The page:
Mr. Rickard, I have a great respect of you even if this is only the first time I came across your channel. As an electronic engineer I highly value people like you and your level of knowledge. But! This pyro-fuse is there for a very good reason, having a very high capacity battery exposed to harsh environment and potentially very high risk of shorting out in case of an accident. Hence it's a pyro-fuse triggered by the airbag control module and not just a regular fuse. BMW uses the same safety mechanism in all their ICE and EV cars for over 20 years now.
    According to the Law, tampering with or any modifications of the Airbag system, which this pyro-fuse is, translates to a Class A misdemeanor and you can go to jail for that! Please, never ever publicly give advise to people to do so, as it is strictly against the law. I highly recommend you to edit this part of the video. And please, delete my comment afterwards, I don't want you to have someone bashing your content.
    Keep up the good work and stay in good health!

  8. Nirpendra Patel

    Hi Jack, Can you make a video on Maxwell Tech because its looks like Tesla Roadster and Semi numbers were based on Maxwell Battery Design ( 300 – 500 kW / kg ) and not Tesla/Panasonic ( ~260 kW / kg )

  9. jeales895

    I believe that silicone is for thermal conductivity, as well as physical stability. Similar thermally conductive silicones and adhesives are used in electronics.

  10. The Stress Theory of Hans Selye

    This morning I stumbled across the news that Tesla is purchasing Maxwell, Inc. which manufactures "super capacitors." This portends substantial improvements in Tesla range, charging times, and general performance in the near future. I would expect that the Maxwell super capacitor technology will be incorporated into all the upcoming Tesla vehicles, beginning with the Model Y. It may also be possible to modify the battery packs of the older Tesla cars to incorporate the advantages of super capacitors. I'd be interested in your comments on this development.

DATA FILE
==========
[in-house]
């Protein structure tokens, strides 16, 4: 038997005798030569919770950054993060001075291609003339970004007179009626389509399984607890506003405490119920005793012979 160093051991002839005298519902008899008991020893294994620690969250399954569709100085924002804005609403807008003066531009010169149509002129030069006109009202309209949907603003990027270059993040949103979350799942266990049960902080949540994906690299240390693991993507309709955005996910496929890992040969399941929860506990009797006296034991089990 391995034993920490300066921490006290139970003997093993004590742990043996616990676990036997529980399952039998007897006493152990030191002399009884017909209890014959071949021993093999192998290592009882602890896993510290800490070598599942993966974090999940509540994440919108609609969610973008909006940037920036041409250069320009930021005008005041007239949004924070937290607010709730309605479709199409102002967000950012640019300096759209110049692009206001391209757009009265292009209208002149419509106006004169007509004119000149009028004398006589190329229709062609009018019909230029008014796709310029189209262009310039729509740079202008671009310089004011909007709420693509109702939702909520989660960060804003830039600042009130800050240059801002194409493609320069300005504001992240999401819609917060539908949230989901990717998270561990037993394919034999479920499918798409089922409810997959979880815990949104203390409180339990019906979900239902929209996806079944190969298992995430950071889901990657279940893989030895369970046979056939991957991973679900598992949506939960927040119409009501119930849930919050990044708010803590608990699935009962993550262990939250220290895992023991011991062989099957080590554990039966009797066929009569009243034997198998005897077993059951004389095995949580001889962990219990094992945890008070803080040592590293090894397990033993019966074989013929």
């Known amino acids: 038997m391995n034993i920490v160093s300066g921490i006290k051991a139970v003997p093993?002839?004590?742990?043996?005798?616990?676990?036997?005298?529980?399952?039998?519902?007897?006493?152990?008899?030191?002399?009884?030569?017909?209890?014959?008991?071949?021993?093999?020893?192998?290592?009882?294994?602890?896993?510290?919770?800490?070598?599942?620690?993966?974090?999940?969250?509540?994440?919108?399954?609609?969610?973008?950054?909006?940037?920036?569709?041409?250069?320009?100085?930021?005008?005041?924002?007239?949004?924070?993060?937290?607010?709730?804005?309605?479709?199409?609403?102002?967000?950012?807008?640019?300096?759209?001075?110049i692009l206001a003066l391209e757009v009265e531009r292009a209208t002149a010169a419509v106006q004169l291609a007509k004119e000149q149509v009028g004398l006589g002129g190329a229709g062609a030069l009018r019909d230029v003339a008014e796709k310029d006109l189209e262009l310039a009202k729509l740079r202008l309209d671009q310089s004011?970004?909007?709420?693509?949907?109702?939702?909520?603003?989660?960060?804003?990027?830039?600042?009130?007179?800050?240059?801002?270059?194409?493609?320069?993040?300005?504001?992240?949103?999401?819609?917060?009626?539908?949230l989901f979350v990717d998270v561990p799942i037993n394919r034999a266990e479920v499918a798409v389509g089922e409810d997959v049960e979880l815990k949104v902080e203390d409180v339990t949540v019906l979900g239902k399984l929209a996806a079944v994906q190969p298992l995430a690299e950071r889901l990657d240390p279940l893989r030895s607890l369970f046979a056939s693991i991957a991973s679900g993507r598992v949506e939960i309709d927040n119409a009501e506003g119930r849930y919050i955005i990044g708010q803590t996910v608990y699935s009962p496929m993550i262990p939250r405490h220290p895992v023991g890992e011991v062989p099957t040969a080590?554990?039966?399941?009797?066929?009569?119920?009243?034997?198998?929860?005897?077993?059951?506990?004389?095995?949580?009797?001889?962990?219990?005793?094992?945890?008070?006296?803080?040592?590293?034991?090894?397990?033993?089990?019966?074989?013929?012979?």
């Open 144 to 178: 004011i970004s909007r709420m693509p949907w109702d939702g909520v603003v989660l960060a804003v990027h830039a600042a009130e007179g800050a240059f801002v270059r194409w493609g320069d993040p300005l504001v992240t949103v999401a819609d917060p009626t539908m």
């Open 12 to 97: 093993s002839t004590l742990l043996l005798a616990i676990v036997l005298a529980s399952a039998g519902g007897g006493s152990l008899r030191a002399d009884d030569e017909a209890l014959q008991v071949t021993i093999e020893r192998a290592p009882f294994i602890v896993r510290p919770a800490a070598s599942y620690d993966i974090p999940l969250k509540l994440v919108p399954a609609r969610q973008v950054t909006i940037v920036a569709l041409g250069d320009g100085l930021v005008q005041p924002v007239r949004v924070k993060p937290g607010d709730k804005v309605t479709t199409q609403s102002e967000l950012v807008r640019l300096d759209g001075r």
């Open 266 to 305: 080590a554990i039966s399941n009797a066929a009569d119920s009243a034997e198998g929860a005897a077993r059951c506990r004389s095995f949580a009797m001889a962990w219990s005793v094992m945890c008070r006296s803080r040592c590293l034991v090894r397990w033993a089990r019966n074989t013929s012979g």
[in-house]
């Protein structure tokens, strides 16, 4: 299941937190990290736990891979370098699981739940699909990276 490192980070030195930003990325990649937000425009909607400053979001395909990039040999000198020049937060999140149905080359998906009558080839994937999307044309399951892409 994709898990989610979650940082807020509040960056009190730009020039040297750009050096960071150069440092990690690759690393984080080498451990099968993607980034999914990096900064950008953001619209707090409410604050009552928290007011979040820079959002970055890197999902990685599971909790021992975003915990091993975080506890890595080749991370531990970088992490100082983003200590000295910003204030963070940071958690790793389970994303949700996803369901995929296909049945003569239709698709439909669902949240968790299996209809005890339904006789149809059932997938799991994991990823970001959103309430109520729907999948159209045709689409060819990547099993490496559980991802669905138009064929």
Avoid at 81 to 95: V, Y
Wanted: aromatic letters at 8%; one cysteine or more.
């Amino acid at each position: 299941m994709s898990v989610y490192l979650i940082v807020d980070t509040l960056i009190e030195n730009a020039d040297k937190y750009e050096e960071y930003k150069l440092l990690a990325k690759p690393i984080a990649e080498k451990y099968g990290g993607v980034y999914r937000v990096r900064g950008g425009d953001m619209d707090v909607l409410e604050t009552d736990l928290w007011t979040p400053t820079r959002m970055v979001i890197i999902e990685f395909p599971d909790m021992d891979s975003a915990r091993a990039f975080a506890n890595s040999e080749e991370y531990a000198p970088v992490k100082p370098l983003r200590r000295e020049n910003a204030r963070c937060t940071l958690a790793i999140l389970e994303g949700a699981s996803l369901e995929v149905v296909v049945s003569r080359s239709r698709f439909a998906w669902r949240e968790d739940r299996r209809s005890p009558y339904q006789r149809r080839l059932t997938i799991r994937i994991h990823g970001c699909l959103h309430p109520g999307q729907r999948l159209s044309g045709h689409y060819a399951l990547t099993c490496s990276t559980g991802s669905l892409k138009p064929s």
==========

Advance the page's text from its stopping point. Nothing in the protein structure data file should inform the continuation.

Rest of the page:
11. bwilson4web

    For those funky, security fasteners, you might try: (1) cheap socket set, (2) mold release, and (3) JB Weld. Treat the fastener with a mold release compound. Pick the smallest sacrificial socket that most fits over the fastener head. Fill the sacrificial socket with JB Weld, PROTECT socket driver, and push on the security screw/bolt head. Once the JB Weld 'sets', remove and let it cure. For a little more durability, mix a fiber (i.e., cotton, fiber glass flox) which will make the JB Weld nearly metal strong.

    You'll want to test the mold release on the bench with the JB Weld to make sure it remains the weakest mechanical link between the security bolt/screw head and the JB Weld.

  12. Michael Skjold Petersen

    Thanks Jack. Some people say that EV batteries will "degrade" a little bit if one charge it to 100% capacity every day/time you charge the car. Whats your take one that compared to the "magic rock" that ain't chemistry but just holds charge?

  13. Michael Vallicella

    I think the main reason the 75kWh was canceled was it was limited to 100kW charge rate at superchargers and they are finally getting competition on faster charge rates. It wasn't that big of an issue when 120kW max but when they roll out Supercharger v3 they will really look slow.